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Dev Biol. 2010 Nov 15;347(2):315-24. doi: 10.1016/j.ydbio.2010.08.034. Epub 2010 Sep 21.

Regeneration and transdetermination: the role of wingless and its regulation.

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1
Department of Biology, Box 351800, University of Washington, Seattle, WA 98105, USA. margrit@u.washington.edu

Abstract

Imaginal discs of Drosophila have the remarkable ability to regenerate. After fragmentation wound healing occurs, ectopic wg is induced and a blastema is formed. In some, but not all fragments, the blastema will replace missing structures and a few cells can become more plastic and transdetermine to structures of other discs. A series of systematic cuts through the first leg disc revealed that a cut must transect the dorsal-proximal disc area and that the fragment must also include wg-competent cells. Fragments that fail to both transdetermine and regenerate missing structures will do both when provided with exogenous Wg, demonstrating the necessity of Wg in regenerative processes. In intact leg discs ubiquitously expressed low levels of Wg also leads to blastema formation, regeneration and transdetermination. Two days after exogenous wg induction the endogenous gene is activated, leading to elevated levels of Wg in the dorsal aspect of the leg disc. We identified a wg enhancer that regulates ectopic wg expression. Deletion of this enhancer increases transdetermination, but lowers the amount of ectopic Wg. We speculate that this lessens repression of dpp dorsally, and thus creates a permissive condition under which the balance of ectopic Wg and Dpp is favorable for transdetermination.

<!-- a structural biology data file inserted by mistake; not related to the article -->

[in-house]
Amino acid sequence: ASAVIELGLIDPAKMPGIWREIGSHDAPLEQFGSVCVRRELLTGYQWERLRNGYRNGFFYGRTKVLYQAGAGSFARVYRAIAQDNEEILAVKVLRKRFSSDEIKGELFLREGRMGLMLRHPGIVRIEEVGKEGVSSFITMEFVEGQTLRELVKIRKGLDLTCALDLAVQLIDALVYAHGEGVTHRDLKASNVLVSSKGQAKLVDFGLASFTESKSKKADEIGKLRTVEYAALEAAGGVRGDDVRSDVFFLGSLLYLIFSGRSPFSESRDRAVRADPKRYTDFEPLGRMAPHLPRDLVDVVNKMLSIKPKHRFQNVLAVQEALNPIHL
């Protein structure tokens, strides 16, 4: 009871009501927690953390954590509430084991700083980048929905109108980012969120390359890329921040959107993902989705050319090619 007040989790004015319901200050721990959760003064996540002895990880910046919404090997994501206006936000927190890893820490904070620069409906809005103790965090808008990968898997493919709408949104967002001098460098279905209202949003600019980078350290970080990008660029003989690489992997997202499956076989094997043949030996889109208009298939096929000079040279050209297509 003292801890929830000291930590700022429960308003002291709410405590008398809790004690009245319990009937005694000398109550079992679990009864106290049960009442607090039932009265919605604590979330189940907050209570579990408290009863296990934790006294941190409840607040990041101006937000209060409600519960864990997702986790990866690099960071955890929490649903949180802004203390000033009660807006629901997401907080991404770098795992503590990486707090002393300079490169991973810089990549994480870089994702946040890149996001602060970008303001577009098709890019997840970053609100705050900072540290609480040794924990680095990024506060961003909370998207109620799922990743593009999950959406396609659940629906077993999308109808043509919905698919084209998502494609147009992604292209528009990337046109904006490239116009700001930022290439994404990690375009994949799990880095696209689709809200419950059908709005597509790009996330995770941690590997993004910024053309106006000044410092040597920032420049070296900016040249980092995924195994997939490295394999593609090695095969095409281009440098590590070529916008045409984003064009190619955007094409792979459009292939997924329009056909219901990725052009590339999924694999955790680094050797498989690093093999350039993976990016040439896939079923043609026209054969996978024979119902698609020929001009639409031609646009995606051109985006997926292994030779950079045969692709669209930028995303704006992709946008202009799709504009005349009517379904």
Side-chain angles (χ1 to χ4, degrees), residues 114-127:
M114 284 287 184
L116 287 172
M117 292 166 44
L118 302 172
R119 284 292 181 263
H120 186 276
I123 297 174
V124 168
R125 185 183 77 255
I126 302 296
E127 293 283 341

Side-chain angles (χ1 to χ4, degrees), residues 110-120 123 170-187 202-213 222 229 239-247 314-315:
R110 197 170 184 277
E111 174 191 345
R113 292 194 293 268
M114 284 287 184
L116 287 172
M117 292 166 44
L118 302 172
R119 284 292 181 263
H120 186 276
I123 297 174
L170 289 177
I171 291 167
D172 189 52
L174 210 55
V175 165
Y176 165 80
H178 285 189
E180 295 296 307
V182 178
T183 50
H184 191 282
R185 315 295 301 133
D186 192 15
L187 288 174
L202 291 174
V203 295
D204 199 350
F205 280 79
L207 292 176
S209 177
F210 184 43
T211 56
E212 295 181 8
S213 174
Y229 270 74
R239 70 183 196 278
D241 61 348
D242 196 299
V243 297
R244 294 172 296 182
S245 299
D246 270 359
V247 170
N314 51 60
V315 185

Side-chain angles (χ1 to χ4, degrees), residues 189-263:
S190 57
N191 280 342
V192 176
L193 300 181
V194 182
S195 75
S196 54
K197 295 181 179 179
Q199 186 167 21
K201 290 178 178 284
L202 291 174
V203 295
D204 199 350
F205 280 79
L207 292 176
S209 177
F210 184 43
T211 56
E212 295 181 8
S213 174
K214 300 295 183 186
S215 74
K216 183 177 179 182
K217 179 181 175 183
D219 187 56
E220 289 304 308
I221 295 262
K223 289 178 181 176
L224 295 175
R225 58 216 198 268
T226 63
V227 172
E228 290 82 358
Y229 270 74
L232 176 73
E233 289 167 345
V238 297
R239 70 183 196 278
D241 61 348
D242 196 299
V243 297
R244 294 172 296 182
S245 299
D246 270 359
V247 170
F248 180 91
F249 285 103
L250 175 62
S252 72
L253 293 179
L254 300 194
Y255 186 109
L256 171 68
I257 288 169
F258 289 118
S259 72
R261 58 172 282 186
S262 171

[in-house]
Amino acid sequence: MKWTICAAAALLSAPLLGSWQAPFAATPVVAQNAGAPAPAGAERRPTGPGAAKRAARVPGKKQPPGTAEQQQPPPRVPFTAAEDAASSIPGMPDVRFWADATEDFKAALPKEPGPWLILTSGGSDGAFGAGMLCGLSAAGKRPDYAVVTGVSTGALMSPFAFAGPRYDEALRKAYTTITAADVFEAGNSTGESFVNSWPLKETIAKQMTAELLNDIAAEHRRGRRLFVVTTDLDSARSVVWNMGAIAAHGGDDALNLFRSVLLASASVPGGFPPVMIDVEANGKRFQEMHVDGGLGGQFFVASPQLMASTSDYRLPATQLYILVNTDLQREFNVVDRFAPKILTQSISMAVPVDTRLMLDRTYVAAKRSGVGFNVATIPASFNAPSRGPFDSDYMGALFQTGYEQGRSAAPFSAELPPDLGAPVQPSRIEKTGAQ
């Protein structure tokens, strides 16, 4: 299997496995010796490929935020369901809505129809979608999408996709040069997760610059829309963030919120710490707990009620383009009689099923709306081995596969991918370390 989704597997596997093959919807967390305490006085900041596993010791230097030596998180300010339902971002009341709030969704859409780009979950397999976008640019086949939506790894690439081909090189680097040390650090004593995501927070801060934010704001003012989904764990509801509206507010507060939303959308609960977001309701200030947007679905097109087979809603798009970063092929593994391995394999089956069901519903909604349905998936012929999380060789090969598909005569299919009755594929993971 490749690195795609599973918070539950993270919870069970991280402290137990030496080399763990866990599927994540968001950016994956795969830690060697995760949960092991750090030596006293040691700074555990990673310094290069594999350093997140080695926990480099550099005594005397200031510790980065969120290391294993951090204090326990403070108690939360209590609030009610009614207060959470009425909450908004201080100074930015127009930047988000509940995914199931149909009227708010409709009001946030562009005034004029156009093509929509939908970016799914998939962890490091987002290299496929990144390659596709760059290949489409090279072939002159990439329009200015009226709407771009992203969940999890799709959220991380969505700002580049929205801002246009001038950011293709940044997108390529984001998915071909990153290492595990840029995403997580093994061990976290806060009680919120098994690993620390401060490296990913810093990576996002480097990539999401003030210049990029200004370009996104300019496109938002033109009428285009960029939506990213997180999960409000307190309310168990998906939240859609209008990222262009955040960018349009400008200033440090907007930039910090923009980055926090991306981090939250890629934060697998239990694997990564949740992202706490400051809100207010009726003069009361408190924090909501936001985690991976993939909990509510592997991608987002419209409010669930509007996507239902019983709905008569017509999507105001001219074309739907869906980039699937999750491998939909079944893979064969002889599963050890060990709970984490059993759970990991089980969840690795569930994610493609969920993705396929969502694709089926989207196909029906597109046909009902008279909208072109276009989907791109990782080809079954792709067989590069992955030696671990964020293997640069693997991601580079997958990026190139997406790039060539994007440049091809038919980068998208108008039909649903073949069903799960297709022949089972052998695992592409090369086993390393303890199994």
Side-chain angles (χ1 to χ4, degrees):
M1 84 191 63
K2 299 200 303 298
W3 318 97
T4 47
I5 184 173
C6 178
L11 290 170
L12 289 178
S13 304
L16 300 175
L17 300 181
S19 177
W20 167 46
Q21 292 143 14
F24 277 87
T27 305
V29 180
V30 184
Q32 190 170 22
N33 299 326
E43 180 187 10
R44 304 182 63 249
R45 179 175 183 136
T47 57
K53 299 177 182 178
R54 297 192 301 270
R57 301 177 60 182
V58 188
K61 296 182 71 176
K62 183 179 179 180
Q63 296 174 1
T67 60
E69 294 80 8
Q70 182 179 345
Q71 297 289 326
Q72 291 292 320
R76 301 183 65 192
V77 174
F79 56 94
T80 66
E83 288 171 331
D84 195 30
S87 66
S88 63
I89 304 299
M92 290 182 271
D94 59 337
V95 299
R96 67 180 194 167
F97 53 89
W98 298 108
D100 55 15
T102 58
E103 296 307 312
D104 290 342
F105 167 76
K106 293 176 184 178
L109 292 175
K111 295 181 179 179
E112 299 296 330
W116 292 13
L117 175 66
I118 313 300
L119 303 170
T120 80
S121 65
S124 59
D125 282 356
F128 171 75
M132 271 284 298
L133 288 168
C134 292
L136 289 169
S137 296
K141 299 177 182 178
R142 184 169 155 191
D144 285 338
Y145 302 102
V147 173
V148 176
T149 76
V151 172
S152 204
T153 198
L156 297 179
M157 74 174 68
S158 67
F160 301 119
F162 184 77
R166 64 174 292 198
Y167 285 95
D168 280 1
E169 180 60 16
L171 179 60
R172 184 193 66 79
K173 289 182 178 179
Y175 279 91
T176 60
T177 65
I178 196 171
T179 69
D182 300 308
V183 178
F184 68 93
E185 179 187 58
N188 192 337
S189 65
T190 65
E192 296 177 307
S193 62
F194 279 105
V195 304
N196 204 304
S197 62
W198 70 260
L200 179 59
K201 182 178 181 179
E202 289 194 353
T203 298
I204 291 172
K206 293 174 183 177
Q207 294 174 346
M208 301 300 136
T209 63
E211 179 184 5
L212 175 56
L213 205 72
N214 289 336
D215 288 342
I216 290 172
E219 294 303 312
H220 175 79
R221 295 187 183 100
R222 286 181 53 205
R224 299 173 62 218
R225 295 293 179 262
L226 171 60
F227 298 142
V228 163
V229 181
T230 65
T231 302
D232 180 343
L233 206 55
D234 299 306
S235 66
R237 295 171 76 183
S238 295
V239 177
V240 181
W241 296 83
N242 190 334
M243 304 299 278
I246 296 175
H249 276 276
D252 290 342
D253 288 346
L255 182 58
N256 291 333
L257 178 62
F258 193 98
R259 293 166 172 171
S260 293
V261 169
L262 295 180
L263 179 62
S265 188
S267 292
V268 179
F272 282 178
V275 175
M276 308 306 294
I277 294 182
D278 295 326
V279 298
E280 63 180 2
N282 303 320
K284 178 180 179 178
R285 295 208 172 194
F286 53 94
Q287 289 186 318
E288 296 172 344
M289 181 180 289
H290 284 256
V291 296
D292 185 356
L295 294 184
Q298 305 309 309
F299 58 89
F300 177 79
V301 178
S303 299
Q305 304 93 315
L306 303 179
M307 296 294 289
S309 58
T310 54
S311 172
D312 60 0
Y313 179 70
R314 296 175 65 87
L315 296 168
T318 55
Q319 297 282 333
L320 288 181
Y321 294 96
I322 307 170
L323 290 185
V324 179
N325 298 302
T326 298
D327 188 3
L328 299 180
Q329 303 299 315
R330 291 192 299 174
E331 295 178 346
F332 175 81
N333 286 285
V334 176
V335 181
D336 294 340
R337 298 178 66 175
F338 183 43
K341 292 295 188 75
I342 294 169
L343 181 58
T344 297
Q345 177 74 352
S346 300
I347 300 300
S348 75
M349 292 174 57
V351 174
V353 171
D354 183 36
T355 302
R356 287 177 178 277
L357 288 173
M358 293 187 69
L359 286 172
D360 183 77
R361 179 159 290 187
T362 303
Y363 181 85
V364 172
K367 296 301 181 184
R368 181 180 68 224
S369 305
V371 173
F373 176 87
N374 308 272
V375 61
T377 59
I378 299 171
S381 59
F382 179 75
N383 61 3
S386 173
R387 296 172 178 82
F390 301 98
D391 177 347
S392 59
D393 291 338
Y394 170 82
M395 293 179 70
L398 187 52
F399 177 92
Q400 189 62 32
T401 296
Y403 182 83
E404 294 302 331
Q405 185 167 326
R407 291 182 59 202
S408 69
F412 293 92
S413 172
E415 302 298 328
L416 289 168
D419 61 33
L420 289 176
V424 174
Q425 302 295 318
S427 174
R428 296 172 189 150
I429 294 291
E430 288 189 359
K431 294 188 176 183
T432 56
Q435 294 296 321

PMID:
20816798
PMCID:
PMC2976676
DOI:
10.1016/j.ydbio.2010.08.034
[Indexed for MEDLINE]
Free PMC Article
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